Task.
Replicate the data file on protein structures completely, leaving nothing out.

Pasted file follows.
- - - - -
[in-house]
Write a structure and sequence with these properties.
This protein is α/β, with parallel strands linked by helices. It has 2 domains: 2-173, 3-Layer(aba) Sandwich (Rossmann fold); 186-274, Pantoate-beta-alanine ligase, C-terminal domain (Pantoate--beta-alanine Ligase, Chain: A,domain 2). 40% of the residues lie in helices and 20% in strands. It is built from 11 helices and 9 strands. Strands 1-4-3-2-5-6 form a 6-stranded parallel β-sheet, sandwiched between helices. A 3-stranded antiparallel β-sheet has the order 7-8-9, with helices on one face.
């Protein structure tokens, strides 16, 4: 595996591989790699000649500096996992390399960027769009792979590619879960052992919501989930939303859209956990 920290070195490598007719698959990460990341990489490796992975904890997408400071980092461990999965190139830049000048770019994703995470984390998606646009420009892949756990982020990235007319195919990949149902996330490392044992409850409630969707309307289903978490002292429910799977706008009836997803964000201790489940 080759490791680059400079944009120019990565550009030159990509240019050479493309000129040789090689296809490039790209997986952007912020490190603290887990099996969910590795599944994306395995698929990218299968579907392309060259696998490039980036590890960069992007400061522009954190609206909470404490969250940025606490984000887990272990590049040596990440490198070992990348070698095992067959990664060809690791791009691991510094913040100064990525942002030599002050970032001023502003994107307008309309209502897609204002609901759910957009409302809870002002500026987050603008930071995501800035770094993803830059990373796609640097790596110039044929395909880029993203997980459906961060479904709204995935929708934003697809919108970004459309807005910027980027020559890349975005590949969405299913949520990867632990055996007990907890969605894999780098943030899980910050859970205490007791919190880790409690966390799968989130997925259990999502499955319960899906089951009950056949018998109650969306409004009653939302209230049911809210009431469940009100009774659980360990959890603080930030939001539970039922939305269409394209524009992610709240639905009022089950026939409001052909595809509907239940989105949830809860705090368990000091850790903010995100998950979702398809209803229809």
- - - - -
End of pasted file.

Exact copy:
[in-house]
Write a structure and sequence with these properties.
This protein is α/β, with parallel strands linked by helices. It has 2 domains: 2-173, 3-Layer(aba) Sandwich (Rossmann fold); 186-274, Pantoate-beta-alanine ligase, C-terminal domain (Pantoate--beta-alanine Ligase, Chain: A,domain 2). 40% of the residues lie in helices and 20% in strands. It is built from 11 helices and 9 strands. Strands 1-4-3-2-5-6 form a 6-stranded parallel β-sheet, sandwiched between helices. A 3-stranded antiparallel β-sheet has the order 7-8-9, with helices on one face.
């Protein structure tokens, strides 16, 4: 595996591989790699000649500096996992390399960027769009792979590619879960052992919501989930939303859209956990 920290070195490598007719698959990460990341990489490796992975904890997408400071980092461990999965190139830049000048770019994703995470984390998606646009420009892949756990982020990235007319195919990949149902996330490392044992409850409630969707309307289903978490002292429910799977706008009836997803964000201790489940 080759490791680059400079944009120019990565550009030159990509240019050479493309000129040789090689296809490039790209997986952007912020490190603290887990099996969910590795599944994306395995698929990218299968579907392309060259696998490039980036590890960069992007400061522009954190609206909470404490969250940025606490984000887990272990590049040596990440490198070992990348070698095992067959990664060809690791791009691991510094913040100064990525942002030599002050970032001023502003994107307008309309209502897609204002609901759910957009409302809870002002500026987050603008930071995501800035770094993803830059990373796609640097790596110039044929395909880029993203997980459906961060479904709204995935929708934003697809919108970004459309807005910027980027020559890349975005590949969405299913949520990867632990055996007990907890969605894999780098943030899980910050859970205490007791919190880790409690966390799968989130997925259990999502499955319960899906089951009950056949018998109650969306409004009653939302209230049911809210009431469940009100009774659980360990959890603080930030939001539970039922939305269409394209524009992610709240639905009022089950026939409001052909595809509907239940989105949830809860705090368990000091850790903010995100998950979702398809209803229809």